Charlie Beck: “So, what I look for in a taproom is first and foremost a place where I can hang out and simply try great beers. In Maine, I love the taprooms where they aren't trying to do anything special or have it be all about selling the beer, but rather it's about the overall experience and how much someone can enjoy the space while they are there. These taprooms are different than bars because they aren't trying to keep you there as long as possible, nor are they trying to upsell you by raising prices on certain beers. Instead, all of these breweries have the exact same price for every beer at the same pour size, which encourages a watering-hole mentality. I love how whether it's in Portland, Bangor, Newcastle, Kittery, or in my town, there are awesome breweries who are just there to share their beers with you unabashedly.”
Melia Ebdon: “For me, taprooms should be all about showcasing the beer, the brewery, and the brand in the best possible light. This is a brewery's chance to really show their customers what they stand for and present the absolute best version of themselves to the drinker. I want the freshest, most delicious beer, the most educated staff, the best customer service and an environment that totally encompasses that brewery. I don't like it when I walk into a taproom and it looks like any other craft beer bar...I should be able to walk in and say 'yeah, that's XXX all over!'. (Plus, the hooks for bags and coats. Always the hooks for bags and coats!)”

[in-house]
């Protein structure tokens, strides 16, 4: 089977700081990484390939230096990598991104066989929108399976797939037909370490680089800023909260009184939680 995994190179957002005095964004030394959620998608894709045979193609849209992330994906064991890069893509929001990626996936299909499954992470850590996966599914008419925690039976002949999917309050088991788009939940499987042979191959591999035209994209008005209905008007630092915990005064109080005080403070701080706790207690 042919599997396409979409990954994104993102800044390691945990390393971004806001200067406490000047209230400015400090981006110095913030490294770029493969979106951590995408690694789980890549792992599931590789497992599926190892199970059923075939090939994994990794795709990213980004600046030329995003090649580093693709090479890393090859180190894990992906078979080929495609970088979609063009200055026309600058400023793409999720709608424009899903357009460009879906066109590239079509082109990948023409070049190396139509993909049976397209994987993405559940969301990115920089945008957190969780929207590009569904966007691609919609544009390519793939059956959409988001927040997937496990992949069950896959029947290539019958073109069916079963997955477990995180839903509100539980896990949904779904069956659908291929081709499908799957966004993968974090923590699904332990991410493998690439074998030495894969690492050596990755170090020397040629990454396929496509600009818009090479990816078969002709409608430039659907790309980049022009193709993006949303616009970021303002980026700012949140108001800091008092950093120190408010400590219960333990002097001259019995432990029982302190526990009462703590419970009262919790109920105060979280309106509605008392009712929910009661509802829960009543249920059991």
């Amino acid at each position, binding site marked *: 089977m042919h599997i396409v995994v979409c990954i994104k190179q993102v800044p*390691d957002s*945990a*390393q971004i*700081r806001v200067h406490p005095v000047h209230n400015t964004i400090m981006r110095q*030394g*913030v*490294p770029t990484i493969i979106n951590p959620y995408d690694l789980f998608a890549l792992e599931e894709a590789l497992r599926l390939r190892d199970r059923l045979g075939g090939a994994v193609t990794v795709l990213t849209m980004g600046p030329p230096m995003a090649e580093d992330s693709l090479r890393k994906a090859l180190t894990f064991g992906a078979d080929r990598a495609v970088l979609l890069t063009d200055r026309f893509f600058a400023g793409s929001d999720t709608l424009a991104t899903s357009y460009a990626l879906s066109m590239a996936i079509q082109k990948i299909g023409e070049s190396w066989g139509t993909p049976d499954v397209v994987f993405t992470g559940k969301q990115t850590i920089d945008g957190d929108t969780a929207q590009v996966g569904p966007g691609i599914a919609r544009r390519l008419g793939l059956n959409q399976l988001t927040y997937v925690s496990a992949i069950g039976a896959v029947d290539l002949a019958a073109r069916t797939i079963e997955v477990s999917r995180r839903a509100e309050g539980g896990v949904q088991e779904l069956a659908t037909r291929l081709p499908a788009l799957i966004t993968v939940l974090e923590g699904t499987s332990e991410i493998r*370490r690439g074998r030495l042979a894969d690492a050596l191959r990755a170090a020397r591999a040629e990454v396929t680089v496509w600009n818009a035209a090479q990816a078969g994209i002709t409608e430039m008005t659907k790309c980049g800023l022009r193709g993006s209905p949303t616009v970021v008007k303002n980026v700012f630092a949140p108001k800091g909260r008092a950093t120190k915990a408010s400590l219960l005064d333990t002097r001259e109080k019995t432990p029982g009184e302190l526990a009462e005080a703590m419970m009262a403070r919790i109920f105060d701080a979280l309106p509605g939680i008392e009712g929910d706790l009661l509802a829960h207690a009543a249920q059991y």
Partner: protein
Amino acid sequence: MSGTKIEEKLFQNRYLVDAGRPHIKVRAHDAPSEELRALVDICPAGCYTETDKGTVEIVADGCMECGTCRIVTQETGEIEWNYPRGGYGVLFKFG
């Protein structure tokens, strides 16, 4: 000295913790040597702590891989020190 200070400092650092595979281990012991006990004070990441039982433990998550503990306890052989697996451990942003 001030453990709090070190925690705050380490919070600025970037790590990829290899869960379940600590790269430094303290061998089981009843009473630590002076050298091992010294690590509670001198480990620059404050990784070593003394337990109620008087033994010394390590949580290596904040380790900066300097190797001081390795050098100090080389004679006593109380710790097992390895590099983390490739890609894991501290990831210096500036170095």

If you’re going to go out of your way to visit a brewery taproom, it should be worth the effort. The best way to do this is to have beers that drinkers can only get at the taproom. Then build on that by having the people behind the bar be able to give visitors the info they want about these special beers.